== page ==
Re: What's in a model number? (MD-95 Structural Specs)

From:         kls@ohare.Chicago.COM (Karl Swartz)
Organization: Chicago Software Works, Menlo Park, California
Date:         21 Nov 95 01:19:27 
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> These MODEL numbers you are quoting are in fact airline designators.

They're still part of the official model designation of the aircraft
as listed on the aircraft's FAA certificate.

> Boeing designates the 2 digit number following the model to
> individual airlines.

Yup.  A reasonably full list (~250 of them) is available from the group's
archives (http://www.chicago.com/airliners/).

> The differences are not only in the engines (which are the same in the above
> examples) but in the general options selected and layouts in the aircraft.
> No two airlines select exactly the same equipment and cabin layouts for their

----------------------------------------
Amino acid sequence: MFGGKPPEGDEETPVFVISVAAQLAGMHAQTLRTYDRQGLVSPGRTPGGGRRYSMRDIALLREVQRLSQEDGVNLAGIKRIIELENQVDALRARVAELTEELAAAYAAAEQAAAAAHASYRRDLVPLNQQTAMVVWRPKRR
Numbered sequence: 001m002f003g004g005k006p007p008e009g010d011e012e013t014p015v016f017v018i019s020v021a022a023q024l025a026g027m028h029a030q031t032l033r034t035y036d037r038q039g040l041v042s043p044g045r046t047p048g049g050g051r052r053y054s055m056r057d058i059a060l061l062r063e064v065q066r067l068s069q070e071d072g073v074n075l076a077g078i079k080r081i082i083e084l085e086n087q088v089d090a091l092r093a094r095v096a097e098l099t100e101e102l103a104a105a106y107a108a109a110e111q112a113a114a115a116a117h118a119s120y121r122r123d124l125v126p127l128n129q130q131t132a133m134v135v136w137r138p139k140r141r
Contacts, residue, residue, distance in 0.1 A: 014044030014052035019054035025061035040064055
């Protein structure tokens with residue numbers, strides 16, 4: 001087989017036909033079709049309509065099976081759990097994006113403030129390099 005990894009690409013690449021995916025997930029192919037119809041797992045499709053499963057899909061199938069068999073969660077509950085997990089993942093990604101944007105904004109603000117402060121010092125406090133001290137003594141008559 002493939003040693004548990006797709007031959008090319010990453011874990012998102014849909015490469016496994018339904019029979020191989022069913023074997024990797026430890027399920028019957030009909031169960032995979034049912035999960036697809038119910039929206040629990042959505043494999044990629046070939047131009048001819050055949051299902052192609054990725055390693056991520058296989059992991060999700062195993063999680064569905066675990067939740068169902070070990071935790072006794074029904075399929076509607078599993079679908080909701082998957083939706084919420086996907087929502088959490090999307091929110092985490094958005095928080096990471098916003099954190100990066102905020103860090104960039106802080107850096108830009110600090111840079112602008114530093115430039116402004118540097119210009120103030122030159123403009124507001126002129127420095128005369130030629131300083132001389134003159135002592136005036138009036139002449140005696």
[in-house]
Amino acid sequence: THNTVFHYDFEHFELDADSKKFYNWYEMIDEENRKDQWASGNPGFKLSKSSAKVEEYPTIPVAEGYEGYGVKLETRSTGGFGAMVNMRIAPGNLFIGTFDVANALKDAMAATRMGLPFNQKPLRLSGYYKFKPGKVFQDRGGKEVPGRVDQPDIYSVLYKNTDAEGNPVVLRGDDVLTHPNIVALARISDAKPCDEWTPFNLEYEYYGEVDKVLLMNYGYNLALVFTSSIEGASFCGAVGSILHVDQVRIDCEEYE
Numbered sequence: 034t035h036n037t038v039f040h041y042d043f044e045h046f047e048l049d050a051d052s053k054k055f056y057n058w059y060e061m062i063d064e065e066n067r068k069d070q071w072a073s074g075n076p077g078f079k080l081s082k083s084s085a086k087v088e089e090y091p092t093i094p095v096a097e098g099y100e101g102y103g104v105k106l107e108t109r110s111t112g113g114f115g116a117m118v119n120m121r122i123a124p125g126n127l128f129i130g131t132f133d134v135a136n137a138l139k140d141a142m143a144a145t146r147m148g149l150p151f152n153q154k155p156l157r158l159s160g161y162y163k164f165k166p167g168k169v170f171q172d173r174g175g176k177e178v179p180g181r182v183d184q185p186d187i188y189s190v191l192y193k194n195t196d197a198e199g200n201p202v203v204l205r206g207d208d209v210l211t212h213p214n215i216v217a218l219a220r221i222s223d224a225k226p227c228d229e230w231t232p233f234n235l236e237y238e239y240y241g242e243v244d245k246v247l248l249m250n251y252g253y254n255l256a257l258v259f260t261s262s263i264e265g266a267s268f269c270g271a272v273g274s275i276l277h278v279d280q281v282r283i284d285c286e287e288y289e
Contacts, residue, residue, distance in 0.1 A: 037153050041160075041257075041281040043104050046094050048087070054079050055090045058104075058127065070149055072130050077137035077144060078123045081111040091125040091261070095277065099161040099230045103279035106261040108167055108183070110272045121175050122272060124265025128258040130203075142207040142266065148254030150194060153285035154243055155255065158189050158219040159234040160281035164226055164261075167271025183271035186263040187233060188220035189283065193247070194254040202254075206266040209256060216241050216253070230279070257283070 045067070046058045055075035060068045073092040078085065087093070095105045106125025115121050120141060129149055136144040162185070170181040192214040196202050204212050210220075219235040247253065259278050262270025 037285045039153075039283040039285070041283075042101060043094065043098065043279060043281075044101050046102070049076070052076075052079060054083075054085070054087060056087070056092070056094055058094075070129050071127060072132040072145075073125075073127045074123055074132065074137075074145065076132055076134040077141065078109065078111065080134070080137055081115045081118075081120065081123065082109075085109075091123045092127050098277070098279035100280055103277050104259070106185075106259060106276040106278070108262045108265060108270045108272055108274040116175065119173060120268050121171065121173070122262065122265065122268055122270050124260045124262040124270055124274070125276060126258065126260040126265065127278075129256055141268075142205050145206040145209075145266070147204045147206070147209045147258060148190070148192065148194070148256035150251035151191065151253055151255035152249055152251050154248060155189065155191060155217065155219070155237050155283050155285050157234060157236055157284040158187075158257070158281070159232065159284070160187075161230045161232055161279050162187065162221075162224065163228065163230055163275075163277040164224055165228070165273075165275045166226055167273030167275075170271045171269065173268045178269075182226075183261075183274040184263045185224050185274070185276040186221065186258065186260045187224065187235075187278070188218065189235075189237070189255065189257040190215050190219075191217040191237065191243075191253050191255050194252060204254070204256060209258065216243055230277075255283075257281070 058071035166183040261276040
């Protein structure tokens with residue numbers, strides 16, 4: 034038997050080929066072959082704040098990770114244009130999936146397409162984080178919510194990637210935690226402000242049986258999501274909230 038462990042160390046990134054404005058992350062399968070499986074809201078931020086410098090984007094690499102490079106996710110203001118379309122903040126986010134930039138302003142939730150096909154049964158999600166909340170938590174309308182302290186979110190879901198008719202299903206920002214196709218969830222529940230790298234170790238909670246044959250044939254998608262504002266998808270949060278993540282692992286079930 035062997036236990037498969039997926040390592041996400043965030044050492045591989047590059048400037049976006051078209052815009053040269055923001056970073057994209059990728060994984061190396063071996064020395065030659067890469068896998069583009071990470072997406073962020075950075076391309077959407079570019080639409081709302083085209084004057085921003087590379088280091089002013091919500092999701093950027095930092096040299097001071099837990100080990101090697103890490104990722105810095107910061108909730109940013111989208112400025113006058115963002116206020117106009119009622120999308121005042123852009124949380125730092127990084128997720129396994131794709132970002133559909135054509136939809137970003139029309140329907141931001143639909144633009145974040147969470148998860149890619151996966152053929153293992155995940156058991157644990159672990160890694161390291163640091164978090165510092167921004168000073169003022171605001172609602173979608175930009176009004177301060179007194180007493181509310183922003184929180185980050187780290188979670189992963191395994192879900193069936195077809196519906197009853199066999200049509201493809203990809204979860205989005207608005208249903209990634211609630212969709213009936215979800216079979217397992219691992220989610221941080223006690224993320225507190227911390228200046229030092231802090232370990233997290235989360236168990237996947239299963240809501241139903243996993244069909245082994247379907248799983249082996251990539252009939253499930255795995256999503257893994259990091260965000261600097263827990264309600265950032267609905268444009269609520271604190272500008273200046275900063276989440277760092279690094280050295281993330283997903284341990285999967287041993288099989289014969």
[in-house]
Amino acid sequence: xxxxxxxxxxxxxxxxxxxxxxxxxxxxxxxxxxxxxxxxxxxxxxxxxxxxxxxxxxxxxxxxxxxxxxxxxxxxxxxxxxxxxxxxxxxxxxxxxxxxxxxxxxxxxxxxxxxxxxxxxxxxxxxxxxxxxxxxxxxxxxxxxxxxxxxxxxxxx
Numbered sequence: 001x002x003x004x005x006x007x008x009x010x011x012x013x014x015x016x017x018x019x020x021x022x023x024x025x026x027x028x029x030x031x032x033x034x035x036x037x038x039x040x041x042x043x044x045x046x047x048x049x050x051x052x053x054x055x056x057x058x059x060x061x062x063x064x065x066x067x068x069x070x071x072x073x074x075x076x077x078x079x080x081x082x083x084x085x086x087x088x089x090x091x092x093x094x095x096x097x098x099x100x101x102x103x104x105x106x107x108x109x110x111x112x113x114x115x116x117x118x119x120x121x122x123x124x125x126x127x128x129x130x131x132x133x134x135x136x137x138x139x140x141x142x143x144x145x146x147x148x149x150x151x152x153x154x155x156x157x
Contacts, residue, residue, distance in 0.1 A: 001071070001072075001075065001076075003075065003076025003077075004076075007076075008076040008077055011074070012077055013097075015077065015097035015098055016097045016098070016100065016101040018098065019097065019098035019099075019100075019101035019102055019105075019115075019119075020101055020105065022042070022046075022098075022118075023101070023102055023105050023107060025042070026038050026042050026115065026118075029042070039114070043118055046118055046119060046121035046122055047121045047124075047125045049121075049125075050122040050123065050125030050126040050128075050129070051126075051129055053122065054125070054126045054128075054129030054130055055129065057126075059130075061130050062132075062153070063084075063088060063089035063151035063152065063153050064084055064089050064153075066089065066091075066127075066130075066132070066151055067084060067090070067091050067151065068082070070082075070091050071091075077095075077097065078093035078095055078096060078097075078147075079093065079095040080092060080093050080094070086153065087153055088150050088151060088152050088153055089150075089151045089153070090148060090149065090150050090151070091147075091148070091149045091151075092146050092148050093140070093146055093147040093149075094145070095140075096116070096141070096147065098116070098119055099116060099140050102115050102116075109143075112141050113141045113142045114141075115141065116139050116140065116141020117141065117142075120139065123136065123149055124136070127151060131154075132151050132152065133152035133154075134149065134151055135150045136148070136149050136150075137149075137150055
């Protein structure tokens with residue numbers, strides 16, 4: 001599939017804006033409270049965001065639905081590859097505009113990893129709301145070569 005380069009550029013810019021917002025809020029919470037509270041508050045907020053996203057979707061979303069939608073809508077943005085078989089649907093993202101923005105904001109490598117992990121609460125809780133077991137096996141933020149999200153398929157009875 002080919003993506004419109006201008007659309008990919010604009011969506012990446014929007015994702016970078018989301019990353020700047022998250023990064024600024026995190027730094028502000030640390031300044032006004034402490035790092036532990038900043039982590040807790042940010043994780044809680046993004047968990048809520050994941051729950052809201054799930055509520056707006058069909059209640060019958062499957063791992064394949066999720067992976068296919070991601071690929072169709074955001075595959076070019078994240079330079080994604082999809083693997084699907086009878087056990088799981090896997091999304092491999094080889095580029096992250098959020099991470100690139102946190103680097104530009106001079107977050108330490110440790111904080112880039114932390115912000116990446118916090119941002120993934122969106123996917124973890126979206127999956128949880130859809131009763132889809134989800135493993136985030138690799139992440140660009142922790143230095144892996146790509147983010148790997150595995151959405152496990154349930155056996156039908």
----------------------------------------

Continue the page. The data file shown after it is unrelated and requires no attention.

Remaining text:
> aircraft so the differences are noted in the "customer" number

Airlines can and do pool orders together, with common specs, to save
money or get quicker delivery.  For example, Delta's five DC-10s were
built to United specs.  (I can't think of any good Boeing examples
offhand, though they no doubt exist.)

At the other end of the spectrum, United has a pair of 747-451s.  They
are identical to a 747-422 save designation, and rather different from
all the 747-451s owned by Northwest.  Why aren't they -422s?  (They
were built for Northwest but cancelled before delivery and retrofitted
to UA specs.  Though rare, there are similar examples in which Boeing
*did* change the designation prior to delivery.)

Consider, too, the 707-138.  Not only does it have different engines
than other (or at least earlier) 707-100s, it's about ten feet shorter!
That's a pretty major customer option!

--
Karl Swartz	|Home	kls@chicago.com
		|Work	kls@slac.stanford.edu
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